Wear of ceramic and antagonist-A systematic evaluation of influencing factors in vitro

R&D, Ivoclar-Vivadent, Schaan, Liechtenstein.
Dental Materials (Impact Factor: 3.77). 05/2008; 24(4):433-49. DOI: 10.1016/j.dental.2007.06.016
Source: PubMed


(1) To systematically review the existing literature on in vitro assessments of antagonist wear of ceramic materials; (2) To systematically evaluate possible influencing factors on material and antagonist wear of ceramic specimens.
The database MEDLINE was searched with the terms "enamel," "wear" and "antagonist." The selected studies were analyzed with regard to wear parameters, type of antagonist and outcome. In the laboratory study, three ceramic materials were selected with different compositions and physical properties: IPS d.SIGN low-fusing metal ceramic, IPS Empress leucite ceramic, e.max Press lithium disilicate ceramic. These materials were subjected to the Ivoclar wear method (Willytec chewing simulator, 120,000cycles, 5kg weight) by systematically modifying the following variables which resulted in 36 tests with 8 specimens in each group: (1) configuration (flat, crown specimen), (2) surface treatment (polish, glaze), (3) type of antagonist (ceramic, two types of enamel stylus). Furthermore, the enamel styluses were cut to measure the enamel thickness and cusp width. Wear of both the material and the antagonist was quantified by scanning plaster replicas of the specimens with a laser scanner (etkon es1) and matching baseline and follow-up data with the Match 3D software (Willytec). The data were log-transformed to stabilize the variance and achieve near normality. To test the influence of specific test parameters, a four-way ANOVA with post hoc tests and Bonferroni correction was applied.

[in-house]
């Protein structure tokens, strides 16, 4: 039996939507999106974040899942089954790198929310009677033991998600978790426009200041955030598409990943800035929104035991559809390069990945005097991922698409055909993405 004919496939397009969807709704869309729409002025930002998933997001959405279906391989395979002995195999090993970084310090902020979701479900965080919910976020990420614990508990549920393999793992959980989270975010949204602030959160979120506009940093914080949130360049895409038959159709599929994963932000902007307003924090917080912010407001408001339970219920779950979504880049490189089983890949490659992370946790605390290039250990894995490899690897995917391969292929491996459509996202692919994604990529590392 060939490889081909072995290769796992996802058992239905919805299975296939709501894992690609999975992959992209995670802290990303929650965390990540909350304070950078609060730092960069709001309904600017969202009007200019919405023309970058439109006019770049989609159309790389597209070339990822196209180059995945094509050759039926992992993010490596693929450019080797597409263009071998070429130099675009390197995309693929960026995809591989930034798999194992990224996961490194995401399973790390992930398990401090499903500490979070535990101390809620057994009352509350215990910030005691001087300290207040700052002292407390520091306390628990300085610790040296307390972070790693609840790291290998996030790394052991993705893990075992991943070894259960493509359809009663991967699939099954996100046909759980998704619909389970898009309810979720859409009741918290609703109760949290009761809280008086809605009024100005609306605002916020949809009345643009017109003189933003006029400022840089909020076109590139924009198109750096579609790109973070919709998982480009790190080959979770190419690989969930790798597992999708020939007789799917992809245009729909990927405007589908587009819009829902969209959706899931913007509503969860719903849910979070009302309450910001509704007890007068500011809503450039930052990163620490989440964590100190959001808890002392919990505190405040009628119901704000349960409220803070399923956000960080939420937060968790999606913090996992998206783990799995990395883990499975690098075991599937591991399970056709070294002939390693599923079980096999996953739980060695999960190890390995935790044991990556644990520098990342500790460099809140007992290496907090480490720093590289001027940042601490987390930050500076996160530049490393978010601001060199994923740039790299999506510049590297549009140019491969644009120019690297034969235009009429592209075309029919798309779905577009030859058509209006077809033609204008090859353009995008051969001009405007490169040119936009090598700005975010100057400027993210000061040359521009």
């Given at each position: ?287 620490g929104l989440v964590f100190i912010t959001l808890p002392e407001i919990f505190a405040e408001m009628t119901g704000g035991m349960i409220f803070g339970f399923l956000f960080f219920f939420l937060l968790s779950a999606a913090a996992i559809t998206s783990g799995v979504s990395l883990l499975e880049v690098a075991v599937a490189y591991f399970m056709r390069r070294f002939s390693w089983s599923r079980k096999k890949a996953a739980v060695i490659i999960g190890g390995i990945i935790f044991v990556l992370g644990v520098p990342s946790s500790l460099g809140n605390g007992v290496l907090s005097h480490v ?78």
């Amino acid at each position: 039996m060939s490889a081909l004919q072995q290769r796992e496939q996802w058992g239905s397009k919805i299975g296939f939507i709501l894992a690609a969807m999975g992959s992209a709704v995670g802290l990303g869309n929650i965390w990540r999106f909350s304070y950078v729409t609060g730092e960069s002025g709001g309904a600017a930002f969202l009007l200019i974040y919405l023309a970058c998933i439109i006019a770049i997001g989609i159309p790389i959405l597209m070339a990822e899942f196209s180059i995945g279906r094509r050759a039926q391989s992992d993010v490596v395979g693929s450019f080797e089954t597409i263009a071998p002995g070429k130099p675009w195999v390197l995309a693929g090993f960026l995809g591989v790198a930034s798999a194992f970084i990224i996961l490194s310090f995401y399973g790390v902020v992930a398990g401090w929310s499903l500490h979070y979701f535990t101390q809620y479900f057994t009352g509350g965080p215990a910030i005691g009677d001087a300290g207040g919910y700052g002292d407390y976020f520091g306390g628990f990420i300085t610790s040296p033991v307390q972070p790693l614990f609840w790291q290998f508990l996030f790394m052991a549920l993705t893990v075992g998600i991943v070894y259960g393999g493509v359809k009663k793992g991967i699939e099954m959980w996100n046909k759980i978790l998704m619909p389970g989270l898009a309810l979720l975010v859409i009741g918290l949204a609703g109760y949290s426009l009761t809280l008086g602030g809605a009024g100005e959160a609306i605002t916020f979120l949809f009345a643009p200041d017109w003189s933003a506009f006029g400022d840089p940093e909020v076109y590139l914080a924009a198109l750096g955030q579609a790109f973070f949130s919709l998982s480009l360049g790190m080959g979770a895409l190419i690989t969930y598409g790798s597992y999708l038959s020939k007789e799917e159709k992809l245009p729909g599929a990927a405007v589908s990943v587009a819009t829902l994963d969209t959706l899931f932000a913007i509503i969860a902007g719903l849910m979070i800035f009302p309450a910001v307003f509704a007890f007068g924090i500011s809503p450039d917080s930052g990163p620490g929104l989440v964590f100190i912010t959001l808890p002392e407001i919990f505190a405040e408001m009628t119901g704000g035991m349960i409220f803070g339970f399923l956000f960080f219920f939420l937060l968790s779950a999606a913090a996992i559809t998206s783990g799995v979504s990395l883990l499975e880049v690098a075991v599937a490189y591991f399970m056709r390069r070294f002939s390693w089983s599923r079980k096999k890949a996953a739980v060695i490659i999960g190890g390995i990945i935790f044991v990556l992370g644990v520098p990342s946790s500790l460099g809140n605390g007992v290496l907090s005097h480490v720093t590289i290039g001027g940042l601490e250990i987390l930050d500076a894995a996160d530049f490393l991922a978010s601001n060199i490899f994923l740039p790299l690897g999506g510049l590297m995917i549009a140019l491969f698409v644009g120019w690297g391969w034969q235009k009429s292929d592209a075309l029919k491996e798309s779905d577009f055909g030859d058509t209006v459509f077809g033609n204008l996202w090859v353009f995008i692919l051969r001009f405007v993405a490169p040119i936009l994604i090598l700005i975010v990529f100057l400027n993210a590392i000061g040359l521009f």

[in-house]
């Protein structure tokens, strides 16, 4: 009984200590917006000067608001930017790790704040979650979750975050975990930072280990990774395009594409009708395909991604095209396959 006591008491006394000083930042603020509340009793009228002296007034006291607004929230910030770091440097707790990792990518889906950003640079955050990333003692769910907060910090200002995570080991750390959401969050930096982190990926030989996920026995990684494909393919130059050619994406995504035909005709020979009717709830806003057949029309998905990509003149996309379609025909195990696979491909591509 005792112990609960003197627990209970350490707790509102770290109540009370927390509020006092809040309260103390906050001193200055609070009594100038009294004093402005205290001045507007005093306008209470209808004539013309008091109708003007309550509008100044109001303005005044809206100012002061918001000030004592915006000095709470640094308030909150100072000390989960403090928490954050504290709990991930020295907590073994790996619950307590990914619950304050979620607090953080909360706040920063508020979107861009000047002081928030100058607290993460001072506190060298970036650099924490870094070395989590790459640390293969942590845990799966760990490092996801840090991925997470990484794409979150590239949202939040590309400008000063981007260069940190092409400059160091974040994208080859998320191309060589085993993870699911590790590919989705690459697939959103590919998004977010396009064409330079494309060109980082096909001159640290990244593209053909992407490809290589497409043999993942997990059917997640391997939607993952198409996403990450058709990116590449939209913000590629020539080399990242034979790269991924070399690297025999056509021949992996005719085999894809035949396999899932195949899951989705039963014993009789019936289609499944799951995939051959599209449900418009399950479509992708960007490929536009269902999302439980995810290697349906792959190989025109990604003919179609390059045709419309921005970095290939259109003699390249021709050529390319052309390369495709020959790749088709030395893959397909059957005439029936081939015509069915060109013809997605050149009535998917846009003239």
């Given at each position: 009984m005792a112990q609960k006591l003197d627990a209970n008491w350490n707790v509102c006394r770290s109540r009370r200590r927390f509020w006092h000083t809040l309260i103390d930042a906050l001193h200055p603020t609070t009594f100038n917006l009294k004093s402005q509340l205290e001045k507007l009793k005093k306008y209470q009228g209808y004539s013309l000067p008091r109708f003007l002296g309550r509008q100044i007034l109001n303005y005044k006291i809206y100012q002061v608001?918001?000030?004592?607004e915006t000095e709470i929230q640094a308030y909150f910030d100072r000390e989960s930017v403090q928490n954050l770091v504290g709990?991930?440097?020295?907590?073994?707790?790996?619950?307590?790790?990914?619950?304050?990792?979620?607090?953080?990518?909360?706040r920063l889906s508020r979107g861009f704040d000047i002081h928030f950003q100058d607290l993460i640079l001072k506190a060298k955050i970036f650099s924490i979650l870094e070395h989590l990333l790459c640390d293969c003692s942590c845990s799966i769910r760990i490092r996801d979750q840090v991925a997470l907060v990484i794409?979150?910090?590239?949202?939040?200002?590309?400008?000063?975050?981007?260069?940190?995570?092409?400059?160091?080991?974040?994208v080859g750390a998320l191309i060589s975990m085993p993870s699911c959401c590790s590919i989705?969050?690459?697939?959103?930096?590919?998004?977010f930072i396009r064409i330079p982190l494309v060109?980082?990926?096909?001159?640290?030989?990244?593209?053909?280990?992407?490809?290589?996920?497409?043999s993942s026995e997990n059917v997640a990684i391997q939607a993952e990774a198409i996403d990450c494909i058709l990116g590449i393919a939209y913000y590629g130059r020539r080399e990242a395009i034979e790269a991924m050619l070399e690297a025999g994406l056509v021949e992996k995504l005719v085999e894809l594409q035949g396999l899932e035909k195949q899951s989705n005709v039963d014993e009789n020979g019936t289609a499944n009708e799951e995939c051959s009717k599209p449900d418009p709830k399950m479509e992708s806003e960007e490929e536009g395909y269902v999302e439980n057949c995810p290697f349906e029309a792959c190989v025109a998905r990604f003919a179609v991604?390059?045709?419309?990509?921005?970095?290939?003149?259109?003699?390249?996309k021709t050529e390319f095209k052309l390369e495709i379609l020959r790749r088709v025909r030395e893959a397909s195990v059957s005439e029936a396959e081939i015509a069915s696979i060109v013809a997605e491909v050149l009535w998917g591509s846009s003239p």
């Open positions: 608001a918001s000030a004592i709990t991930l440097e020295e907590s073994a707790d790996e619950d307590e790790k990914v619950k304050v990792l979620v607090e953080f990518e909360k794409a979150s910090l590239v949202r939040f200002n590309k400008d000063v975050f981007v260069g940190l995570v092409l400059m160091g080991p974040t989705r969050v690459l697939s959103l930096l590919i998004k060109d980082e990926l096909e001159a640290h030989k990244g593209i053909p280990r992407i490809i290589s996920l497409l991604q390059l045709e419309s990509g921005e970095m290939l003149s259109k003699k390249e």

The systematic review revealed 20 in vitro studies in which a material and the antagonist wear of the same material was examined. However, the results were inconsistent mainly due to the fact that the test parameters differed widely. Most studies used prepared enamel from extracted molars as the antagonist and flat polished ceramic specimens. The test chamber was filled with water and some sort of sliding movement was integrated in the wear generating process. However, there was a huge variation in relation to the applied force, the used force actuator, the number of cycles, and the frequency of cycles per time as well as the number of specimens. The results of the systematic laboratory tests revealed that the following factors strongly influence the wear: configuration (more material wear of flat versus crown specimens), surface treatment (more antagonist wear of glazed versus polished specimens), the antagonist system (more material wear and less antagonist wear for ceramic stylus versus enamel stylus), and enamel thickness (less wear for thicker enamel). Material wear was not very much different between the materials. However, e.max Press generally caused more antagonist wear than the other two materials, which were quite similar. However, the main influencing factors did not yield consistent results for all the subgroups and there was a huge variability of results within the subgroups especially in those groups that used enamel as antagonist.
As far as consistency and correlation with clinical studies is concerned, the set-up that consists of unprepared enamel of molar cusps against glazed crowns seems to be the most appropriate method to evaluate a ceramic material with regard to antagonist wear. However, due to the high variability of results large sample sizes are necessary to differentiate between materials, which calls the whole in vitro approach into question.

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Available from: Siegward Heintze, May 06, 2015
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